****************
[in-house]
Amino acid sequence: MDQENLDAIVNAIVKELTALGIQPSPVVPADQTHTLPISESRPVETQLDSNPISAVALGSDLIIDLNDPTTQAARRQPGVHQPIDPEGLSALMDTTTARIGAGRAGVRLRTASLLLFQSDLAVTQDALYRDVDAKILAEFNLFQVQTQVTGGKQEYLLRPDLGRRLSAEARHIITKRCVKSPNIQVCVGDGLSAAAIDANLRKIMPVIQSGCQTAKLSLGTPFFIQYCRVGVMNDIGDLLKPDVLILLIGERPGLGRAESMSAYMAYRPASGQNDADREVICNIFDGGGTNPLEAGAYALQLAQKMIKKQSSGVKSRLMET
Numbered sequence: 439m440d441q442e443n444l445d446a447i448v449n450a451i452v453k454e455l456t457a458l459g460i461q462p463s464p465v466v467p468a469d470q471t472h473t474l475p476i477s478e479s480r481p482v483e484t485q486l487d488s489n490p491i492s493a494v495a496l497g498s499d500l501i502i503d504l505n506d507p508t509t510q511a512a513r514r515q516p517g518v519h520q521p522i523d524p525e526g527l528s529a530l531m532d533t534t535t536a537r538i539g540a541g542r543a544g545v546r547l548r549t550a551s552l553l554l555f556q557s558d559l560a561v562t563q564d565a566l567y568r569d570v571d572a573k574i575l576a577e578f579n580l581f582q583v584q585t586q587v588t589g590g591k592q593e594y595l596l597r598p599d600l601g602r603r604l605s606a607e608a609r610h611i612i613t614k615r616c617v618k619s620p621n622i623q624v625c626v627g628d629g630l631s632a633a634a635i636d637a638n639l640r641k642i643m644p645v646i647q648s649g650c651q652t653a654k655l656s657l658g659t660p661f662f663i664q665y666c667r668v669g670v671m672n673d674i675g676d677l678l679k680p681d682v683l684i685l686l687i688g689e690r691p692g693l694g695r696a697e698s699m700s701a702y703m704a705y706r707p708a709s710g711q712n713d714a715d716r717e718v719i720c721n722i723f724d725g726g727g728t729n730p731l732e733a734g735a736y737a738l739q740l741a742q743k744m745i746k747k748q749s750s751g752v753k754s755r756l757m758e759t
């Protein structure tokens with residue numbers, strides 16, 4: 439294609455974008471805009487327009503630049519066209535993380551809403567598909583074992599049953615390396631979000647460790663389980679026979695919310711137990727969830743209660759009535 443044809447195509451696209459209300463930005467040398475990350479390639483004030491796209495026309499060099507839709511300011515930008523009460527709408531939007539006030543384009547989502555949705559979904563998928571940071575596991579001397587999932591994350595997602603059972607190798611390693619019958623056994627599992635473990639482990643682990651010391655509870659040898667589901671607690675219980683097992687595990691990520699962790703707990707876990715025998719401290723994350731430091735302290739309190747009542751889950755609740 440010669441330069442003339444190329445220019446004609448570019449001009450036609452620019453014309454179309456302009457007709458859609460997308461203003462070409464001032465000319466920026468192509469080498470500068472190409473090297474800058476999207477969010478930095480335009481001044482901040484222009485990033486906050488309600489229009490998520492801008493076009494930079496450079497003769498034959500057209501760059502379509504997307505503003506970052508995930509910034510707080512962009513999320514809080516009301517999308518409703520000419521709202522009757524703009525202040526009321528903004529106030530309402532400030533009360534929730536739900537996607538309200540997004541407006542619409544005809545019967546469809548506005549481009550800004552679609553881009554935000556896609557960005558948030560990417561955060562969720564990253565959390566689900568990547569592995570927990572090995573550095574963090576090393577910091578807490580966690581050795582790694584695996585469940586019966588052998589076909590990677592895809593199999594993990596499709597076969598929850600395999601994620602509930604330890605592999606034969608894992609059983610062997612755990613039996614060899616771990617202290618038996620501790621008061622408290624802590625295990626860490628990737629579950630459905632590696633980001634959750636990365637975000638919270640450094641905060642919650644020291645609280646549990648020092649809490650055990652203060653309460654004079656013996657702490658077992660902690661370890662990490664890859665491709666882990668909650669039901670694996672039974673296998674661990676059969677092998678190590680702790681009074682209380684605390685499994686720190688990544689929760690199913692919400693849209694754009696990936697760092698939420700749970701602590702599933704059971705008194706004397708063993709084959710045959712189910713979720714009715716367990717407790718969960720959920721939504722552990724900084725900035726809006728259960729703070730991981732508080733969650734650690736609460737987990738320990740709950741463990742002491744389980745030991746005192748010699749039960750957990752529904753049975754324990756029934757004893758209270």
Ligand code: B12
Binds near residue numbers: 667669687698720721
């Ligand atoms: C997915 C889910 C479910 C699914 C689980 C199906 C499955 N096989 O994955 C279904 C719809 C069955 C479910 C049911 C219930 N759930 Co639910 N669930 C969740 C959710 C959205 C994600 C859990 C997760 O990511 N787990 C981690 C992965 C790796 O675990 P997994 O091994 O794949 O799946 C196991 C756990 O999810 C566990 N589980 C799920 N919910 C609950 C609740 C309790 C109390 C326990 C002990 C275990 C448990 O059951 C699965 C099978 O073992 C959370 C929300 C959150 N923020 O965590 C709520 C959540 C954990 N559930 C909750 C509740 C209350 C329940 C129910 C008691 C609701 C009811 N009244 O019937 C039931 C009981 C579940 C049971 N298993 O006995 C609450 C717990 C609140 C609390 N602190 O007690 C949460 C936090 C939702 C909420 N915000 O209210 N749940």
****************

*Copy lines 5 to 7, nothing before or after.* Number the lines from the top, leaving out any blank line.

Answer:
Ligand code: B12
Binds near residue numbers: 667669687698720721
């Ligand atoms: C997915 C889910 C479910 C699914 C689980 C199906 C499955 N096989 O994955 C279904 C719809 C069955 C479910 C049911 C219930 N759930 Co639910 N669930 C969740 C959710 C959205 C994600 C859990 C997760 O990511 N787990 C981690 C992965 C790796 O675990 P997994 O091994 O794949 O799946 C196991 C756990 O999810 C566990 N589980 C799920 N919910 C609950 C609740 C309790 C109390 C326990 C002990 C275990 C448990 O059951 C699965 C099978 O073992 C959370 C929300 C959150 N923020 O965590 C709520 C959540 C954990 N559930 C909750 C509740 C209350 C329940 C129910 C008691 C609701 C009811 N009244 O019937 C039931 C009981 C579940 C049971 N298993 O006995 C609450 C717990 C609140 C609390 N602190 O007690 C949460 C936090 C939702 C909420 N915000 O209210 N749940």